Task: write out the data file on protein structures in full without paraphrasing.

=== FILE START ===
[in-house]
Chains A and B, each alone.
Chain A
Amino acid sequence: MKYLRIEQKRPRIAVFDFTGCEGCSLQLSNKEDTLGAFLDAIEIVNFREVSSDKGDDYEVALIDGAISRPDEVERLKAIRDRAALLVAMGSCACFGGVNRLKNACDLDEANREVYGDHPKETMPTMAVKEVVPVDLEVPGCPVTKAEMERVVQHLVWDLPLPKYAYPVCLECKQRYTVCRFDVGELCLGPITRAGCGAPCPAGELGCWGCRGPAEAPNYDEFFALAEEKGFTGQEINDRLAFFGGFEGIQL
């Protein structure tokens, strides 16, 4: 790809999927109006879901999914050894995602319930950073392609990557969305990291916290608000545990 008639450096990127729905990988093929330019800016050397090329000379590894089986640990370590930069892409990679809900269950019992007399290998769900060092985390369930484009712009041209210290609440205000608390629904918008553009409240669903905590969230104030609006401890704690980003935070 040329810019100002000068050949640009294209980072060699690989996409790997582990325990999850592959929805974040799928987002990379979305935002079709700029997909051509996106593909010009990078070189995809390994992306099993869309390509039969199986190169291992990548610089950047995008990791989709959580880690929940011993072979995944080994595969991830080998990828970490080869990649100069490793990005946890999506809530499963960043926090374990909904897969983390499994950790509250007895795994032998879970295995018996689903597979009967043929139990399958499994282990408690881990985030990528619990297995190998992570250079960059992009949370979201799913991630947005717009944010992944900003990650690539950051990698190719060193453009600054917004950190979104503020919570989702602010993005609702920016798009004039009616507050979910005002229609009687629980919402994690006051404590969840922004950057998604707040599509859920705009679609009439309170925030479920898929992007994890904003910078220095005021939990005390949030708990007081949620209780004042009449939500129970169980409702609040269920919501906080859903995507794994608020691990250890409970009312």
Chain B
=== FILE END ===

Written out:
[in-house]
Chains A and B, each alone.
Chain A
Amino acid sequence: MKYLRIEQKRPRIAVFDFTGCEGCSLQLSNKEDTLGAFLDAIEIVNFREVSSDKGDDYEVALIDGAISRPDEVERLKAIRDRAALLVAMGSCACFGGVNRLKNACDLDEANREVYGDHPKETMPTMAVKEVVPVDLEVPGCPVTKAEMERVVQHLVWDLPLPKYAYPVCLECKQRYTVCRFDVGELCLGPITRAGCGAPCPAGELGCWGCRGPAEAPNYDEFFALAEEKGFTGQEINDRLAFFGGFEGIQL
């Protein structure tokens, strides 16, 4: 790809999927109006879901999914050894995602319930950073392609990557969305990291916290608000545990 008639450096990127729905990988093929330019800016050397090329000379590894089986640990370590930069892409990679809900269950019992007399290998769900060092985390369930484009712009041209210290609440205000608390629904918008553009409240669903905590969230104030609006401890704690980003935070 040329810019100002000068050949640009294209980072060699690989996409790997582990325990999850592959929805974040799928987002990379979305935002079709700029997909051509996106593909010009990078070189995809390994992306099993869309390509039969199986190169291992990548610089950047995008990791989709959580880690929940011993072979995944080994595969991830080998990828970490080869990649100069490793990005946890999506809530499963960043926090374990909904897969983390499994950790509250007895795994032998879970295995018996689903597979009967043929139990399958499994282990408690881990985030990528619990297995190998992570250079960059992009949370979201799913991630947005717009944010992944900003990650690539950051990698190719060193453009600054917004950190979104503020919570989702602010993005609702920016798009004039009616507050979910005002229609009687629980919402994690006051404590969840922004950057998604707040599509859920705009679609009439309170925030479920898929992007994890904003910078220095005021939990005390949030708990007081949620209780004042009449939500129970169980409702609040269920919501906080859903995507794994608020691990250890409970009312």
Chain B